When Marmocil opened its new facility in Vitoria, Brazil, it not only invested in state-of-the art machinery from Italy, but it also equipped itself for optimum flexibility. Its equipment can be adapted for a range of production, from slabs to cubic architectural pieces, and it can also easily increase production to meet consumer demand.

The facility sits on 320,000 square feet of space, including over 20,000 square feet of covered area. The production process begins with blocks, which are cut on one of two multi-wire saws from Wires Engineering. Each saw can be fitted with up to 15 wires at one time.

Marmocil's owners explained that using wire saws as opposed to gangsaws allows the company to process blocks into standard slabs as well as thicker pieces for architectural work. As a result, Marmocil has already completed large-scale architectural projects at its new factory. Each wire saw can process 65,000 square feet of material per month, making for a total of 130,000 square feet processed per month overall.

Once rough slabs are formed, they are processed on a LeviBreton slab polisher from Breton S.p.A. of Italy, which is equipped with 19 heads. The slabs are automatically loaded and unloaded from the polishing line with automated equipment from Breton. To ensure optimum water usage, an elaborate filtration system was installed at the factory.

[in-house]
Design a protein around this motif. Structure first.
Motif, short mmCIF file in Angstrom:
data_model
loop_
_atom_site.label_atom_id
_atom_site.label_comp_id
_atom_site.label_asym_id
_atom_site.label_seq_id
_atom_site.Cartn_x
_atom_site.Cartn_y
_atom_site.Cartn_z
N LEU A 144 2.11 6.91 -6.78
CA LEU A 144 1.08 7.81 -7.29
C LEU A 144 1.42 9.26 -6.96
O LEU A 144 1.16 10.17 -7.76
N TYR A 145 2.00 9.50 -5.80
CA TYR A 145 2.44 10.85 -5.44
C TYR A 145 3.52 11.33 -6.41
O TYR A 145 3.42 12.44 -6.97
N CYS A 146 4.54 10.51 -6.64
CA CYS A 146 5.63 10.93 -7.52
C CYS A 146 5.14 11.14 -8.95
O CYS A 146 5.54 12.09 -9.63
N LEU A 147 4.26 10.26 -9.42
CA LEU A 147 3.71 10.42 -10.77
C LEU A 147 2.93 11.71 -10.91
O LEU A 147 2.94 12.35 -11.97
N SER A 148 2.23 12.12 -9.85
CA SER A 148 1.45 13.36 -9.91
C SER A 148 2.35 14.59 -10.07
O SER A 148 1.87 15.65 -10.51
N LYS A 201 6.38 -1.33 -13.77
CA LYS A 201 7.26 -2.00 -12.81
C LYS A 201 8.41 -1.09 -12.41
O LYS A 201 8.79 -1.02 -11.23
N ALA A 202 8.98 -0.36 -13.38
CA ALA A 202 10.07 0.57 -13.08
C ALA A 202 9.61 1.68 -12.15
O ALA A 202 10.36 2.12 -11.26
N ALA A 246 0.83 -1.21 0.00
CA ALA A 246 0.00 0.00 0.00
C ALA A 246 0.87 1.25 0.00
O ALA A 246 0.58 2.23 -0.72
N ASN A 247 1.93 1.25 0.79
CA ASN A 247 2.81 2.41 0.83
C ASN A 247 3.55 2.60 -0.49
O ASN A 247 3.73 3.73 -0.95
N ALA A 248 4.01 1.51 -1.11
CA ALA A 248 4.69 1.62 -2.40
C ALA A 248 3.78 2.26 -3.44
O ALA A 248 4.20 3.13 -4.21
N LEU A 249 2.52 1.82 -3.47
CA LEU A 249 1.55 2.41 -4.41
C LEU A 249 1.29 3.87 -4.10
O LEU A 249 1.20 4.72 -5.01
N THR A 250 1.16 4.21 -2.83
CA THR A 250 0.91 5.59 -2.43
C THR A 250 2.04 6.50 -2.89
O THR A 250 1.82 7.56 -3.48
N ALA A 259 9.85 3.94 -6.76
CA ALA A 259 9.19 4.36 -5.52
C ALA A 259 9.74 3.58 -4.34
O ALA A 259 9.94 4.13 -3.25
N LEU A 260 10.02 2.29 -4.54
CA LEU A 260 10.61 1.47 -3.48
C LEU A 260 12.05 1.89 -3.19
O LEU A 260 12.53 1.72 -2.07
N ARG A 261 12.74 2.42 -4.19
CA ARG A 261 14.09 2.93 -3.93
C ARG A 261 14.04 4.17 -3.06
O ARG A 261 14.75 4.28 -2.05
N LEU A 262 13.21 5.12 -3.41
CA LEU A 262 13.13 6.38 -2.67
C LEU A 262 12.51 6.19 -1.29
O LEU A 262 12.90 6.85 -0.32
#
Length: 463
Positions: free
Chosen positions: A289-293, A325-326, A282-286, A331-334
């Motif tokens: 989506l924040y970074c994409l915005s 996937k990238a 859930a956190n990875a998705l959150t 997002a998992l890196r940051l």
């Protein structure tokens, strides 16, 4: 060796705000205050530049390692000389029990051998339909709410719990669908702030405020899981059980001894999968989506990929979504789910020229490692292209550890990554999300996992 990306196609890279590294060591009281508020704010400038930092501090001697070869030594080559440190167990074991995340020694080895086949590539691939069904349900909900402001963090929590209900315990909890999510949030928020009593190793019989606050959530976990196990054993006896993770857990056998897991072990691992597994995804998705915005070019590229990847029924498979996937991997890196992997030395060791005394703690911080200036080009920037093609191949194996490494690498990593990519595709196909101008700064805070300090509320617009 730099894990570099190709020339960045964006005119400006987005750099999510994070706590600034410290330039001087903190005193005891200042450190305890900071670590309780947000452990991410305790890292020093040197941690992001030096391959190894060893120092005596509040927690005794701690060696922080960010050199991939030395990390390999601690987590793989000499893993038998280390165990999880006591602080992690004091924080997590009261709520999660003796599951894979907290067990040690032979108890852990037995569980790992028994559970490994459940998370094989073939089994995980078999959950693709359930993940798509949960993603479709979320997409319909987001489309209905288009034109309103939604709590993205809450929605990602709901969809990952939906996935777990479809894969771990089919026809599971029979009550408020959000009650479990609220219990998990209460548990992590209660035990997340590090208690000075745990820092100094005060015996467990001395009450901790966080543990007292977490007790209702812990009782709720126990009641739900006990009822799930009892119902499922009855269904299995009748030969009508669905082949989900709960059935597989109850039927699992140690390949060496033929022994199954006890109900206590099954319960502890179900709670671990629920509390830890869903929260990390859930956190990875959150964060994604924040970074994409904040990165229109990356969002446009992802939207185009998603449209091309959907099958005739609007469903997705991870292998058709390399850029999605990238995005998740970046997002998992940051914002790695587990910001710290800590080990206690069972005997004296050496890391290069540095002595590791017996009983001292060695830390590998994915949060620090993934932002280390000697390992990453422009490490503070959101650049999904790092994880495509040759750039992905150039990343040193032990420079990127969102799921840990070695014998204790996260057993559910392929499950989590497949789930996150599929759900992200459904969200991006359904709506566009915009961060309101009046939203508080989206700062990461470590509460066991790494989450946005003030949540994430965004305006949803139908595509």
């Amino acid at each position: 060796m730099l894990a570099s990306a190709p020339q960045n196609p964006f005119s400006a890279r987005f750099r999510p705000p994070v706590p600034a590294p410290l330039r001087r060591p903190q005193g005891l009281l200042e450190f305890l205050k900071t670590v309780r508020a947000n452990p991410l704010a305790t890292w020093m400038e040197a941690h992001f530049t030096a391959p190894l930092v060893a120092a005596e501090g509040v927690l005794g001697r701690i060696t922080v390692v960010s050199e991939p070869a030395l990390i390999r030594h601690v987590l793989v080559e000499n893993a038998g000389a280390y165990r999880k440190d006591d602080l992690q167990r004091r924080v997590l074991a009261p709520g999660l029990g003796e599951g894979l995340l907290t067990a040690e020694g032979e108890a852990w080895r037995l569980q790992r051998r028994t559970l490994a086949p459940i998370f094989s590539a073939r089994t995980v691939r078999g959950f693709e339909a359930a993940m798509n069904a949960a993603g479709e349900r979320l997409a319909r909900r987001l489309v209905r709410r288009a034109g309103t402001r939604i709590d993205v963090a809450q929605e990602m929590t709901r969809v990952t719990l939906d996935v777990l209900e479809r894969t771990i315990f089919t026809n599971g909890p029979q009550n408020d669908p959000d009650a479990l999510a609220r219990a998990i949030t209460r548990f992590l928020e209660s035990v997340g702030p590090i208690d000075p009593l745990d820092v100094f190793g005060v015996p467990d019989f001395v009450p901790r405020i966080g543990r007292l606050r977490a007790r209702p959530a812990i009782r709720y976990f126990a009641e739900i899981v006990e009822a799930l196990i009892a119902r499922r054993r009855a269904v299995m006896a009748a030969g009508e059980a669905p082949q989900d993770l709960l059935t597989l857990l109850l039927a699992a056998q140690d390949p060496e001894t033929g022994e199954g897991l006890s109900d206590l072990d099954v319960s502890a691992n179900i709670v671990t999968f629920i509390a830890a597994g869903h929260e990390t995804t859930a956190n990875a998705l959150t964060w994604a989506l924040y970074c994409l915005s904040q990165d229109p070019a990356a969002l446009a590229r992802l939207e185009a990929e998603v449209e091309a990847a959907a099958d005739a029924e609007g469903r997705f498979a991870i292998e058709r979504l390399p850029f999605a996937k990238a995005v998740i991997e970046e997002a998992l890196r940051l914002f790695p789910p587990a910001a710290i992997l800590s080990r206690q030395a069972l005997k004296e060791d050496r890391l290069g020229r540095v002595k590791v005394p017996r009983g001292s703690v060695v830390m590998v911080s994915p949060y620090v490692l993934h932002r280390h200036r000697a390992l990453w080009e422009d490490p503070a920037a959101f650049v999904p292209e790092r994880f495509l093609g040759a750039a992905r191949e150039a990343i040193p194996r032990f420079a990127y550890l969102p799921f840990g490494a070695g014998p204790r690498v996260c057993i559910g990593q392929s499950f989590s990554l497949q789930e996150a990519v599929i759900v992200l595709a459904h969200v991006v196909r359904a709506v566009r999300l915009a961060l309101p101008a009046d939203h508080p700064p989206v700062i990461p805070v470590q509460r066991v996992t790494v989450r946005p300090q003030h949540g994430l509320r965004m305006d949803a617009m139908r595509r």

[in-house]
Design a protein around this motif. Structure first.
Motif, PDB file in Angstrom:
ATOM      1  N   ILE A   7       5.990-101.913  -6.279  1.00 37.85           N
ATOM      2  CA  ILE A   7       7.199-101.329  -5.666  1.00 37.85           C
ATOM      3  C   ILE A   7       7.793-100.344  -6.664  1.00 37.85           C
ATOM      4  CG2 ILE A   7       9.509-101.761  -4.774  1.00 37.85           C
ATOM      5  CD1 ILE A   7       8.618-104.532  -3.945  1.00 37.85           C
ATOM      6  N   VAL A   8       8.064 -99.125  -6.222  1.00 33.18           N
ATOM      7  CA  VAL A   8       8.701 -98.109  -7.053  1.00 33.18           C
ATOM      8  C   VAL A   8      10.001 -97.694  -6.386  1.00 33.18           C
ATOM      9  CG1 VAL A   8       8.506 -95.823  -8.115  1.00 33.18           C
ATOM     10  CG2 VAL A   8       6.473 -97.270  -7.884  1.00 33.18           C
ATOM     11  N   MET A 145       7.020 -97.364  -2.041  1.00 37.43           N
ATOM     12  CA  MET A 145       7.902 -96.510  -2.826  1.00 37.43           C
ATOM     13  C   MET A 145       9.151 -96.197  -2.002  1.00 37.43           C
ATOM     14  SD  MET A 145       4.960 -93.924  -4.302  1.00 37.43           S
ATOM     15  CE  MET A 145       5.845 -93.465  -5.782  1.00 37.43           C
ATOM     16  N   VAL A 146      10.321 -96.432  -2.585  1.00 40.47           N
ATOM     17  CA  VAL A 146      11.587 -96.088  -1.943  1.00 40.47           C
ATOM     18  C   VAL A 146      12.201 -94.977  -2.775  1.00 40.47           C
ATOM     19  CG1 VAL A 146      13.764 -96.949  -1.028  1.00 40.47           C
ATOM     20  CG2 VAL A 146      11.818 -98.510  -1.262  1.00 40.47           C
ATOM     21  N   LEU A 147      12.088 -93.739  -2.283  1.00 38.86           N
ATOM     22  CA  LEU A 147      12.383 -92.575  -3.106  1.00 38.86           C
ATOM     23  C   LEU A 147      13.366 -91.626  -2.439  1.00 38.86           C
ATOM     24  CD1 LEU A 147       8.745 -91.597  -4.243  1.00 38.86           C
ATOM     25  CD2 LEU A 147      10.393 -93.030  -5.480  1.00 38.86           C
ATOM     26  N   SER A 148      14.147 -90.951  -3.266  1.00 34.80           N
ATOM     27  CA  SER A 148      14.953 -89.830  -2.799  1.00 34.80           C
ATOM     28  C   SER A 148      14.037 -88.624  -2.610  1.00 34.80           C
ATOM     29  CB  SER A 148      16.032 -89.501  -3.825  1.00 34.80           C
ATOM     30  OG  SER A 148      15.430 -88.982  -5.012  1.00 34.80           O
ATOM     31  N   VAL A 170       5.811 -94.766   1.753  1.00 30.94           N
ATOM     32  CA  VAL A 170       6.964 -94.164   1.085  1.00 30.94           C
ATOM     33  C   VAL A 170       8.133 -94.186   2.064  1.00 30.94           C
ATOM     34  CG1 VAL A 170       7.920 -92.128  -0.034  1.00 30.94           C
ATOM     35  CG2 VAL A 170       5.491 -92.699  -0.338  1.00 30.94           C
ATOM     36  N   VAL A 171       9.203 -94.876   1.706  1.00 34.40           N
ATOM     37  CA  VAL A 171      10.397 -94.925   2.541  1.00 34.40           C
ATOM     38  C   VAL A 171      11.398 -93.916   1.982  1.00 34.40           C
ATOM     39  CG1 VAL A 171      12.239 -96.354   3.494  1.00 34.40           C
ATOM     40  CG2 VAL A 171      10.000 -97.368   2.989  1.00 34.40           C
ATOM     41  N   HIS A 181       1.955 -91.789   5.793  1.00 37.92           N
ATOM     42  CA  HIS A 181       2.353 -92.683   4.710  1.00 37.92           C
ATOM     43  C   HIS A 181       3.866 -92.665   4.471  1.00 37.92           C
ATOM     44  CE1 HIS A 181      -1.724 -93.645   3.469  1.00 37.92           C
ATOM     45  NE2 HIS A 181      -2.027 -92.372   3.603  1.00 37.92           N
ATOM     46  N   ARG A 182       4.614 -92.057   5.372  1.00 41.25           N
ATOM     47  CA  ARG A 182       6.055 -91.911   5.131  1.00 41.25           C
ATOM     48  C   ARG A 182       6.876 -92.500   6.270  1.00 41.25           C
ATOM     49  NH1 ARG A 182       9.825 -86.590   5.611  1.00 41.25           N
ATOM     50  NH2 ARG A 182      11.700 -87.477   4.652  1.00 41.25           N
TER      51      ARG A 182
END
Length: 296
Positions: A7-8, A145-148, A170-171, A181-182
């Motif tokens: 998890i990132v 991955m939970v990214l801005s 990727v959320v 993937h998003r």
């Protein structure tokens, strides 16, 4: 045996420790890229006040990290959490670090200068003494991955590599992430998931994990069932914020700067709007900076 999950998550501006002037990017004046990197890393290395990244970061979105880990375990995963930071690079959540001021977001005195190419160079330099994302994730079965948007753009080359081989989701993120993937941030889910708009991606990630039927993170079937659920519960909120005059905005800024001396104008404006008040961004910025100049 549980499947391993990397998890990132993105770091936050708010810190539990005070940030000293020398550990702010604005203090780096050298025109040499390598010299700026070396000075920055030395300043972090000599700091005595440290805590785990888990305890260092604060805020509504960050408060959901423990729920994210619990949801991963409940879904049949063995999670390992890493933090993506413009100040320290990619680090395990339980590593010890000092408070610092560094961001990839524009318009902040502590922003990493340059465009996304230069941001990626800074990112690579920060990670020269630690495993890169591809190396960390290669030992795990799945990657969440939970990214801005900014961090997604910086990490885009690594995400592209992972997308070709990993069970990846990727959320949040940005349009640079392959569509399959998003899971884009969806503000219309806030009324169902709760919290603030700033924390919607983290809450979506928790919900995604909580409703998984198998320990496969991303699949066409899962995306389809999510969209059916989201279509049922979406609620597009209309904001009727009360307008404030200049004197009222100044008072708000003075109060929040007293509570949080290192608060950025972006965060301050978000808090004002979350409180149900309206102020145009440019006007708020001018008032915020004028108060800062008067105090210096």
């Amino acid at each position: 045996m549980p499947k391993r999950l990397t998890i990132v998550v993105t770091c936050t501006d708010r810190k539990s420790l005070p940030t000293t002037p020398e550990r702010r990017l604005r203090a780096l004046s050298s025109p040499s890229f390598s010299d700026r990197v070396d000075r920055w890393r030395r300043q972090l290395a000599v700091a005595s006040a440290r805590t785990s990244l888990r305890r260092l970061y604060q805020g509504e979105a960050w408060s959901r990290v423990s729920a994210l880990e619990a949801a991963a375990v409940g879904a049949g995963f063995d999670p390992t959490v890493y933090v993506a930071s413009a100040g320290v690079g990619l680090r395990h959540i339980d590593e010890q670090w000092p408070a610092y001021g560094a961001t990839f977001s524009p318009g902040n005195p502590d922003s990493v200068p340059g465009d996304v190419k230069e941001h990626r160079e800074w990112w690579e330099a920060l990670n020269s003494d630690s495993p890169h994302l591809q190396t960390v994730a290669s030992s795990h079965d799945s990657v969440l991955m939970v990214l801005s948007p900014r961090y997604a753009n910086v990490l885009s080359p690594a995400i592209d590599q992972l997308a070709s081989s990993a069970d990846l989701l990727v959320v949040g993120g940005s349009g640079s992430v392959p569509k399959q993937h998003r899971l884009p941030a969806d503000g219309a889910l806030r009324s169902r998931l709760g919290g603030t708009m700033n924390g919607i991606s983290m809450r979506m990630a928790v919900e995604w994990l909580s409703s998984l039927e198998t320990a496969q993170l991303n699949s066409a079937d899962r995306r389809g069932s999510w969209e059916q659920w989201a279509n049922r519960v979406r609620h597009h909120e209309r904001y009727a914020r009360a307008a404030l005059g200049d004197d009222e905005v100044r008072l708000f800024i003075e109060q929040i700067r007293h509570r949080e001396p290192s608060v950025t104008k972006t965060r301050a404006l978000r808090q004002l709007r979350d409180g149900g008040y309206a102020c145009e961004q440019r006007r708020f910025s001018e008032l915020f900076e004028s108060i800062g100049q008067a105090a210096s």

Marmocil's facility has a total of 16 workers, and there are 24 employees in the company overall. The diamond wire saws operate 24 hours per day, and the Breton polishing line operates 8 hours per day. Even though monthly production is holding steady at 130,000 square feet, Marmocil is prepared for future expansion, as the Breton polishing line is capable of polishing over 320,000 square feet of stone per month if needed.

The company has 15 “key” materials in its collection, and it also tries to have a broad range of non-traditional Brazilian materials in stock. Marmocil has begun exporting its production, and the U.S. has been targeted as a critical market for the company. In fact, at the time of Stone World's visit to the facility, there were no less than seven containers of stone being prepared for shipment to the U.S.